Emotions are something every human being struggles with keeping in check. We all have thoughts and feelings that, were they voiced to the world at large, might get us labeled as crazy, addicted to anger, or perhaps even some things that are worse. But in reality, these “extreme” emotions are simply a part of being human. Therians are no different, despite that we may think a bit differently that an average person from time to time, we still have powerful emotions that we must control. The difference is that powerful emotions can sometimes bring with them shifts – shifts that alter our perception of the world around us and even the very mindset that allows our human sides to coexist or overbalance with our non-human animal sides. These are known as mental and perception shifts.
I’ve chosen to cover the two together as one topic for the sole reason that they have a tendency to go together. I have experienced each independent of the other, but the majority of the time, they are complimenting shifts that can be quite overwhelming – even in their “lesser” occurrences.
We’ll start with a mental shift. This is described by most therians as a mental strengthening of their theriotype’s instincts, essentially. That which is always present as part of, or just beneath your human consciousness, becomes stronger and harder to ignore. This can manifest in a variety of ways, from (speaking from personal experience) a sudden powerful urge to be territorial, to a craving for raw or seriously bloody meat (and I love my steaks medium-well, to give you an idea how strange it is for me to order rare), to many other “symptoms” that are as wide ranging as the animals people have as theriotypes. Now, as I can only speak from my life, I’ll give you an example of a strong mental shift that I had fairly recently.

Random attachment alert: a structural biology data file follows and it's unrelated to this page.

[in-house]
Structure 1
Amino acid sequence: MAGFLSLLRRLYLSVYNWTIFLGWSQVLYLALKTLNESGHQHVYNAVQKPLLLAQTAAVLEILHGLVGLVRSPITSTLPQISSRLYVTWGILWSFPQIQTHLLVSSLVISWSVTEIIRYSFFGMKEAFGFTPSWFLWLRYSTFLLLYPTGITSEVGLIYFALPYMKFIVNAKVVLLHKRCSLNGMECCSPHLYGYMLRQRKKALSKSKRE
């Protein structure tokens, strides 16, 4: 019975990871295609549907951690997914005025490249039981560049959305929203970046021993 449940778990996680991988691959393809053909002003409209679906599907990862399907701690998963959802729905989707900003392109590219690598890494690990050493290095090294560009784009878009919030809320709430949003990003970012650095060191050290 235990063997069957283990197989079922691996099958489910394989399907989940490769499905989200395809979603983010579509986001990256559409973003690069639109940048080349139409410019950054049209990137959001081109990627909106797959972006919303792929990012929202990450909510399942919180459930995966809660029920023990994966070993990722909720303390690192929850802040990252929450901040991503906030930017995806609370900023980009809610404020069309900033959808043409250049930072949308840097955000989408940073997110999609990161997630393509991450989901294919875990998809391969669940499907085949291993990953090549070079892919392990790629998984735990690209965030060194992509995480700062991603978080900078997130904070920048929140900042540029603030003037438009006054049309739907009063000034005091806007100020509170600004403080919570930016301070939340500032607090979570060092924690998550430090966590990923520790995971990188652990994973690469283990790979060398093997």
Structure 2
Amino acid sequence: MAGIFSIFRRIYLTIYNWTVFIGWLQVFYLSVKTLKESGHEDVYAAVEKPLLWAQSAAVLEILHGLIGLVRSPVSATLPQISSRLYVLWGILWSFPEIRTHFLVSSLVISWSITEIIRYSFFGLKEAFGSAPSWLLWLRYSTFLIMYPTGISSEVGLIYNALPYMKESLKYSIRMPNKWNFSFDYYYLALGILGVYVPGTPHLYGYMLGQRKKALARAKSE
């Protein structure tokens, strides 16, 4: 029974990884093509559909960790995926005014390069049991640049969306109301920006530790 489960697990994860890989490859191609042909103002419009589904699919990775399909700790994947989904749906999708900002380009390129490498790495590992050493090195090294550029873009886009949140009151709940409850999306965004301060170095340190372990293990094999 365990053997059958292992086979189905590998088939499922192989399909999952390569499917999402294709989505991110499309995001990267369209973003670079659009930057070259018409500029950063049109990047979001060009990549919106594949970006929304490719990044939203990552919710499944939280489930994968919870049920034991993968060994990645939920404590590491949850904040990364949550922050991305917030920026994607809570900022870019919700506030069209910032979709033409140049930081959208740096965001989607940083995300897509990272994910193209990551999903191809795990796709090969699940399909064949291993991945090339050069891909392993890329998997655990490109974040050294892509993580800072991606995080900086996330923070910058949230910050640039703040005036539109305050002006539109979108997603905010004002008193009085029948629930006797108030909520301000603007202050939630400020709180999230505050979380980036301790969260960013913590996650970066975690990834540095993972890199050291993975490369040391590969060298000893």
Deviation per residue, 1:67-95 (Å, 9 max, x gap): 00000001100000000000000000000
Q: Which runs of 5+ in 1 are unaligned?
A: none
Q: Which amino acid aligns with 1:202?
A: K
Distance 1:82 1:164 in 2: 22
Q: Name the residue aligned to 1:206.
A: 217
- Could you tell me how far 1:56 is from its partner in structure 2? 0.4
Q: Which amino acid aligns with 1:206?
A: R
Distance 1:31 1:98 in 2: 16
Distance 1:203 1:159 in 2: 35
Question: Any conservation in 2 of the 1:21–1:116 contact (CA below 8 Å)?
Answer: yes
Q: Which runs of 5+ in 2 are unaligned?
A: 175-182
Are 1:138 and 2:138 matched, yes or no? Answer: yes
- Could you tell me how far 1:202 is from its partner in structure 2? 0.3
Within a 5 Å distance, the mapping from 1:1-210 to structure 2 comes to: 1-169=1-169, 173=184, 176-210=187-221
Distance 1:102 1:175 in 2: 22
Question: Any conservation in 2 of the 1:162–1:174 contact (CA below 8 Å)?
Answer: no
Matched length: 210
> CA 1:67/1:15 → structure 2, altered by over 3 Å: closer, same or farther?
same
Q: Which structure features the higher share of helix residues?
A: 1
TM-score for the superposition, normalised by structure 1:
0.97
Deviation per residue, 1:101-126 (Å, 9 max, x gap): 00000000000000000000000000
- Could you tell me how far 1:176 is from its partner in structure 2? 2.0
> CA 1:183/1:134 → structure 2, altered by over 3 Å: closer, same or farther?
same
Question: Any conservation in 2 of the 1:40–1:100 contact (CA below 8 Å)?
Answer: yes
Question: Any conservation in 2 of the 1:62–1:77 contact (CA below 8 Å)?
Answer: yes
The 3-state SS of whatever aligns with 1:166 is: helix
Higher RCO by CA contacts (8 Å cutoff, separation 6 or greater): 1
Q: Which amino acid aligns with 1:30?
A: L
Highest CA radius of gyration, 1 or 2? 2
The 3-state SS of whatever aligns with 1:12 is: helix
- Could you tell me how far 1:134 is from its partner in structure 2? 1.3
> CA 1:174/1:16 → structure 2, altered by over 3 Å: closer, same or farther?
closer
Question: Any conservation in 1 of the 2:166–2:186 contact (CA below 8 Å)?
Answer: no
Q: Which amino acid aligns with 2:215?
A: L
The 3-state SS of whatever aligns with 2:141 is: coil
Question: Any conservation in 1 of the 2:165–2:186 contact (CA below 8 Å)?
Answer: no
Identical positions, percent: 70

I hadn’t eaten in a very long time. I ate before going to a night class, crashed into bed upon coming home, got up and went back to school for a morning class, then stayed in the study center until mid-afternoon. I was broaching 22 hours since I’d eaten last. I go through a predictable pattern of hunger, usually. First, I’m hungry. Bearable, ignorable, normal hunger. Within a few hours it becomes impossible to ignore. I’m fantasizing about food. I can’t concentrate on what I’m doing. I’ve even caught myself drawing little cheese burgers and stuff in my margins when in this state. My mind might even disassociate to a point and one of my bonds have to come out to deal with control, but that’s another issue entirely. Usually, I eat when it gets to this point, because I hate what happens next. In the case of this day, I was in math class and couldn’t afford to skip out. The next stage is gut wracking nausea, which is only made better by the fact that I know there’s nothing in my stomach to come up. But if I reach this point, don’t talk to me, and don’t show me food – it’s the polar opposite of the previous stage. I CAN’T eat at this point, or my body will rebel and it’ll come right back up. Thankfully, it never lasts more than half an hour. By the time I was out of math class, I’d passed that stage. The next stage is acceptance, essentially – almost as if my stomach goes through the Kübler-Ross Model of grieving when I’m hungry. The initial stage of ignorable hunger is denial – I don’t really have to eat. The next stage is a combination of anger and bargaining, where my body is fighting violently to get food any way it can, trying to convince me to drop whatever I’m doing and get food NOW. Think of how wonderful these (insert different food cravings here) will taste, you should really eat now, you know… The nausea stage would be despair, my body giving up on the idea of me giving it food and is now violently rejecting the concept of eating entirely. And finally, I move into the acceptance stage, and literally STOP being hungry.